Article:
Jens F. Laurson, Tapping Along With the Klavier Trio Amsterdam (Ionarts, January 22, 2006)
Haydn's Trio in C major, Hob. XV-27, with the witty Presto movement, was full of charm. In the Andante movement, the flourishes on the piano where the tempo eases were very natural; though, throughout the evening pianist (Klara Wϋrtz) never seemed to play truly softly. This reminds me of a Rostropovich proverb from one of his obituaries that roughly quipped, "one can never have forte without first experiencing piano."
Orphée, Poème Symphonique (transcribed by Saint-Saëns), by Liszt, had loads of atmosphere. The rolling arpeggios of the piano combined with the deep, rich cello tones (Nadia David) evoked Orpheus and lute. Near the end of the work, in an effort to emulate the forces of a full orchestra, all of the musicians had long tremolo notes that filled the room with waves of sound.
A piano trio in one movement written in the year 2000 by Joan Berkhemer, the group's violinist, featured the special effects of an echo chamber. For example, a two-note figure on the piano would be played that would then be echoed immediately four to five times on the violin, each time more softly. Later, long slow notes overlapped with one another to create a still atmosphere that allowed the mind to wander off in a pleasant way. Then there were more echoes with various instruments, and an unresolved ending.
The musical treasure of the program lay in the Tchaikovsky Piano Trio in A Minor. With its poetic tunes and collection of contrasting variations, this piece – when well played – is unforgettable. In a Romantic style similar to that of the Heifetz/Piatigorsky/Rubenstein Trio, the Amsterdam Klavier Trio embraced the challenges of this work and performed it with great dignity. The unhurried tempo of the first movement left time for true dialogue between the violin and cello, while the tempo relationships between the variations were cohesive. Having immense power in ff sections, the pianist sometimes over-pedaled through multiple phrases. At the mournful, lugubre ending, again, the pianist did not achieve a true pianissimo.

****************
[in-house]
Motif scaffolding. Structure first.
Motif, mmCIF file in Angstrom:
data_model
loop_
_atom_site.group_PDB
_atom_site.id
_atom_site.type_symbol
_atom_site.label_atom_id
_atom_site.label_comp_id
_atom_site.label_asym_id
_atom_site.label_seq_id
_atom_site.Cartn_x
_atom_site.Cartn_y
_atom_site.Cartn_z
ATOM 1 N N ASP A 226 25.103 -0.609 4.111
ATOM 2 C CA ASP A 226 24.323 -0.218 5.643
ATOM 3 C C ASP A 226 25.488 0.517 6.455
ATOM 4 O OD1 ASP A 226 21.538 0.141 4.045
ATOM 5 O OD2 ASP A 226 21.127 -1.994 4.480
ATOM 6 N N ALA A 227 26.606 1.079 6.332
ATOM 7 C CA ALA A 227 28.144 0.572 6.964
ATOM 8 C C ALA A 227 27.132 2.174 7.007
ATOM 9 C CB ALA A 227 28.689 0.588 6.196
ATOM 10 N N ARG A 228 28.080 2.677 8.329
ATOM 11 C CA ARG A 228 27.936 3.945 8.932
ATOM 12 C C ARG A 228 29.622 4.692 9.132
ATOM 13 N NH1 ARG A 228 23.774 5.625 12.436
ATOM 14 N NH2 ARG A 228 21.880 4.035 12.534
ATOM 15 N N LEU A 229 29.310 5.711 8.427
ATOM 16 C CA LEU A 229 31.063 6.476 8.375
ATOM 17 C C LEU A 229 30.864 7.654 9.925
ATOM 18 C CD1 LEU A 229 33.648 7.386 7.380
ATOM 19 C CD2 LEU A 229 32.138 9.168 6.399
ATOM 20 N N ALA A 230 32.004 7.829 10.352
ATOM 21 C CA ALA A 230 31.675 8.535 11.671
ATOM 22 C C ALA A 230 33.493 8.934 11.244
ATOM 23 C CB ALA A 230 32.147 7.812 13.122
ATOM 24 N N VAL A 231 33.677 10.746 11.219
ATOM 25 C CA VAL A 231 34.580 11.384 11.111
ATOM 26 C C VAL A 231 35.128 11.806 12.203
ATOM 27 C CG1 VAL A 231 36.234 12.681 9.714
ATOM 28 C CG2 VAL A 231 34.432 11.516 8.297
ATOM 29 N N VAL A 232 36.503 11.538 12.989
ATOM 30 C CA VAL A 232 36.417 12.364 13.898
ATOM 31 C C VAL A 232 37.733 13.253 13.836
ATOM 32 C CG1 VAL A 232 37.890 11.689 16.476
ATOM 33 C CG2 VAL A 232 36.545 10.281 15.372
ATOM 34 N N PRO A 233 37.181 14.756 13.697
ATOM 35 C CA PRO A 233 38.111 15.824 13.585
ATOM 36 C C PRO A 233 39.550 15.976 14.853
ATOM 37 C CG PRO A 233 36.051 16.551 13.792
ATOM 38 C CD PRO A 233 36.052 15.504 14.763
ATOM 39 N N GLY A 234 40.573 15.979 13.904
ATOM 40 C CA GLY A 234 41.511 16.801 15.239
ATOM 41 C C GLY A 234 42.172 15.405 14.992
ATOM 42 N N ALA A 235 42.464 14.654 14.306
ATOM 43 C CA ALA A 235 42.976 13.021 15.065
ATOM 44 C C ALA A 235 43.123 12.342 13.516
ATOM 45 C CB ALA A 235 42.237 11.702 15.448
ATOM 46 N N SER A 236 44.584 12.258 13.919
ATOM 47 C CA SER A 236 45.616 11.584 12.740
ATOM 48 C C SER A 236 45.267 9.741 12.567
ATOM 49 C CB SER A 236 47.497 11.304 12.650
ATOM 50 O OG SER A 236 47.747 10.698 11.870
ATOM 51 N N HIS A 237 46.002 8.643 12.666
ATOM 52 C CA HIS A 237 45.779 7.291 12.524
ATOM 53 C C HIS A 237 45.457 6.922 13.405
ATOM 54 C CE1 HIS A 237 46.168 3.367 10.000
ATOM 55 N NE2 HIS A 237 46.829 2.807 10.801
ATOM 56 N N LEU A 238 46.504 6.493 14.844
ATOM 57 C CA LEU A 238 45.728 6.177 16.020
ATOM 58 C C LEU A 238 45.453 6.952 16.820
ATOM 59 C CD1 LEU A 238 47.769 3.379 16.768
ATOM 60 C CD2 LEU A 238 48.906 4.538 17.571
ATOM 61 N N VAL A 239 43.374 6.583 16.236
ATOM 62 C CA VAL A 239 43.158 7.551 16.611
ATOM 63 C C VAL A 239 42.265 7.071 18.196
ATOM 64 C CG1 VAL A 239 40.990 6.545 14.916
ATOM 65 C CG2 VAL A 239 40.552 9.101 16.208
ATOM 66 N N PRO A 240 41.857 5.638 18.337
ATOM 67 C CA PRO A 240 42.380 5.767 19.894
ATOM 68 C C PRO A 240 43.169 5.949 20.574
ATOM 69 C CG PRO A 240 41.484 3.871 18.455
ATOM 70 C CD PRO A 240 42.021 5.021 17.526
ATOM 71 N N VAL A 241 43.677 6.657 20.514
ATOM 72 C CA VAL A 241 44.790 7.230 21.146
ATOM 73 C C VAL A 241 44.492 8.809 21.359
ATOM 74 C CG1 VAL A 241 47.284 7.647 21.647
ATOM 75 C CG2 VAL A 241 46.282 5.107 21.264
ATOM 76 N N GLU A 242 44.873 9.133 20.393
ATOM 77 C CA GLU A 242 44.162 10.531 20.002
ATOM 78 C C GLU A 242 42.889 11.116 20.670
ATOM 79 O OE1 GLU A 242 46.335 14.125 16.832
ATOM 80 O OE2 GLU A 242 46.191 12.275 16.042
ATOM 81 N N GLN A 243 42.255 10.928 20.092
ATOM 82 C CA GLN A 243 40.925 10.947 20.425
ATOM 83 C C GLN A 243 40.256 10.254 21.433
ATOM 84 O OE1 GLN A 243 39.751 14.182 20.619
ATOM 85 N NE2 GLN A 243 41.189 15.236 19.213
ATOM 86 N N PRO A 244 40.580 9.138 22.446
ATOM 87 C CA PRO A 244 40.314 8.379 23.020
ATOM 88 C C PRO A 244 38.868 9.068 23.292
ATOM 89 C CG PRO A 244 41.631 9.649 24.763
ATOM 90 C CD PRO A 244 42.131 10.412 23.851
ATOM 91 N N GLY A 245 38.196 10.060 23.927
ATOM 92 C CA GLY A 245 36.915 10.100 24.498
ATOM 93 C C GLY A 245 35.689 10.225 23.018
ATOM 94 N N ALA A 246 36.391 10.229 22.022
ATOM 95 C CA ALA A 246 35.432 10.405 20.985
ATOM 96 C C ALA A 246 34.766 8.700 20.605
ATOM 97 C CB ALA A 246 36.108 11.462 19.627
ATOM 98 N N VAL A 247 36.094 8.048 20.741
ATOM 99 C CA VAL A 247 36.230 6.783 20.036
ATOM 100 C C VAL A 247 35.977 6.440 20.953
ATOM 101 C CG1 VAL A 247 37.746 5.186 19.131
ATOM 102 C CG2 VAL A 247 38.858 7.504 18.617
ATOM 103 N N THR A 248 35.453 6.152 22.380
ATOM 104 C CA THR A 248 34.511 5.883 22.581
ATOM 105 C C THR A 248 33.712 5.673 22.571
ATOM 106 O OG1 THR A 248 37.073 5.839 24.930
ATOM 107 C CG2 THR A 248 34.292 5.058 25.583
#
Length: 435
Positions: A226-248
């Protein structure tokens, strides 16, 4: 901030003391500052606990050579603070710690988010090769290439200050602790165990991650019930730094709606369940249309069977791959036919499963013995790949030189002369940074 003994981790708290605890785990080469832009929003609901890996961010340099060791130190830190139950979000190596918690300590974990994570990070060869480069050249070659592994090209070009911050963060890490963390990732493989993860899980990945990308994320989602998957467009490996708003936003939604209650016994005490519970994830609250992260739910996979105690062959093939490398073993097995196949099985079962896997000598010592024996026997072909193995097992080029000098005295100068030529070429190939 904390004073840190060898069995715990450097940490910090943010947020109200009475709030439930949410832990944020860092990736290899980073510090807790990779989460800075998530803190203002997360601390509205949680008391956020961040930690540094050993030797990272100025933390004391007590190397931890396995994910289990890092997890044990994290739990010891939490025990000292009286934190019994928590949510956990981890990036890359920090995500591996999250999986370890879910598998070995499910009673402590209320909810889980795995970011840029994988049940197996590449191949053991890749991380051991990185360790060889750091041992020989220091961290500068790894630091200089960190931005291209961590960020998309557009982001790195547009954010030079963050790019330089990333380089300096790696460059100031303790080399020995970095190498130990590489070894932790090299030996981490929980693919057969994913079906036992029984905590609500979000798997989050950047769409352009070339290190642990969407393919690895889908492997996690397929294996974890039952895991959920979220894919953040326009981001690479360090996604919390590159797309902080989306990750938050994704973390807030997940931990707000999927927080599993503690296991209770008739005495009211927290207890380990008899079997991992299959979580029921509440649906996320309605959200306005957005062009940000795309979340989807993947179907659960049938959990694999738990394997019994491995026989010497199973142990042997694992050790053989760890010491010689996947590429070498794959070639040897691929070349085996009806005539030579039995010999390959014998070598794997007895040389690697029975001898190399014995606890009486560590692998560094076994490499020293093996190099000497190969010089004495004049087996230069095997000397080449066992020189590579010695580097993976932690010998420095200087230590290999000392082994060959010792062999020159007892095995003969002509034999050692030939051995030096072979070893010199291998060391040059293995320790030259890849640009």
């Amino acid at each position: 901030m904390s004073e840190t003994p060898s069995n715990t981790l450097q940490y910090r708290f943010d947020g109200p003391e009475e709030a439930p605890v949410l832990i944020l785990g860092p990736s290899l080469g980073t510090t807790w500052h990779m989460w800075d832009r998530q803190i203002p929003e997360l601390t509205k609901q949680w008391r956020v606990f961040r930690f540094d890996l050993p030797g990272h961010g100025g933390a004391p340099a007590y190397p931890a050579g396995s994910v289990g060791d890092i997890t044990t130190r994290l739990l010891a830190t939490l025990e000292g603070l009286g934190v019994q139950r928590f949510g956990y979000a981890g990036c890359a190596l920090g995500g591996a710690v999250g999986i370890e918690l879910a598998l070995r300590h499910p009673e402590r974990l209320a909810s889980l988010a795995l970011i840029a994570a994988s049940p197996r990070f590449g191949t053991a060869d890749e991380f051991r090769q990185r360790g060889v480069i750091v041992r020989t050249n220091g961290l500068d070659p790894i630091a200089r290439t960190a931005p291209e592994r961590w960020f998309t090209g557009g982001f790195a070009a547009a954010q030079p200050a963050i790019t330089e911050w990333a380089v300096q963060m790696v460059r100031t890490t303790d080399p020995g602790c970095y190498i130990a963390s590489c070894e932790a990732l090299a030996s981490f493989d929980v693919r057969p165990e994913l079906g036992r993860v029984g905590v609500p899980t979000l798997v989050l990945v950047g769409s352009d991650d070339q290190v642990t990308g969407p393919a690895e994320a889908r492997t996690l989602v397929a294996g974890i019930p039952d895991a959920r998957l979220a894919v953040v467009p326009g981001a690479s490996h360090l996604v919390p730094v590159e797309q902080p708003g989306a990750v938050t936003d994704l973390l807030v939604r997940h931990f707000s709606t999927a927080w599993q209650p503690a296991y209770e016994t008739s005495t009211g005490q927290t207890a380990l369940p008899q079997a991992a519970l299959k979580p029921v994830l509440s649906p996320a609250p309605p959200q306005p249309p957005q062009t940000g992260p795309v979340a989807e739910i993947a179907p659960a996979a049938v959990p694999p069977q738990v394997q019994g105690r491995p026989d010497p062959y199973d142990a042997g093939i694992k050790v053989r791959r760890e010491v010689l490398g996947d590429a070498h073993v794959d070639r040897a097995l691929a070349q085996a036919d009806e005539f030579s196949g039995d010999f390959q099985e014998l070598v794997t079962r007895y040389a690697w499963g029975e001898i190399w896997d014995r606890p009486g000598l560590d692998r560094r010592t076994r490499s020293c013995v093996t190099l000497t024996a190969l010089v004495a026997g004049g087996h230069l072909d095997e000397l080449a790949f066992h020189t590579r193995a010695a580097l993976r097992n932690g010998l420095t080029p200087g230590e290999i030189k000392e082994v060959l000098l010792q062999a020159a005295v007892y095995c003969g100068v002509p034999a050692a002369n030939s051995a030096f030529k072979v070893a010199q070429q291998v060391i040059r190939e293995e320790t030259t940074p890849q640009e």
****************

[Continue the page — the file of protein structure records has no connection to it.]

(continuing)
The concert had a rather clumsy beginning: unintroduced, a lady seated in the front row took to the stage with her cane and brought up questionable politics. This was unfortunate in that the last thing most members of the audience in the neighborhood of the State Department, White House, Bank-Fund, and Fed are keen to be lectured on is politics. Following that episode, a representative of the Gallery pitched the upcoming season, briefly. Astonishingly following this, as the representative was exiting the stage, a member of the audience bellowed at him to tell the audience to resubscribe for next season’s series. The representative then muttered something else and soon after, thankfully, the artists took over.
When the Corcoran publicly announces its season announcement, we will let you know. The last classical concert of the Corcoran's season is the Jenny Lind concert, featuring this year's Royal Swedish Academy of Music contest winners, soprano Paulina Pfeiffer and pianist Inese Klotina (June 14, 7 pm).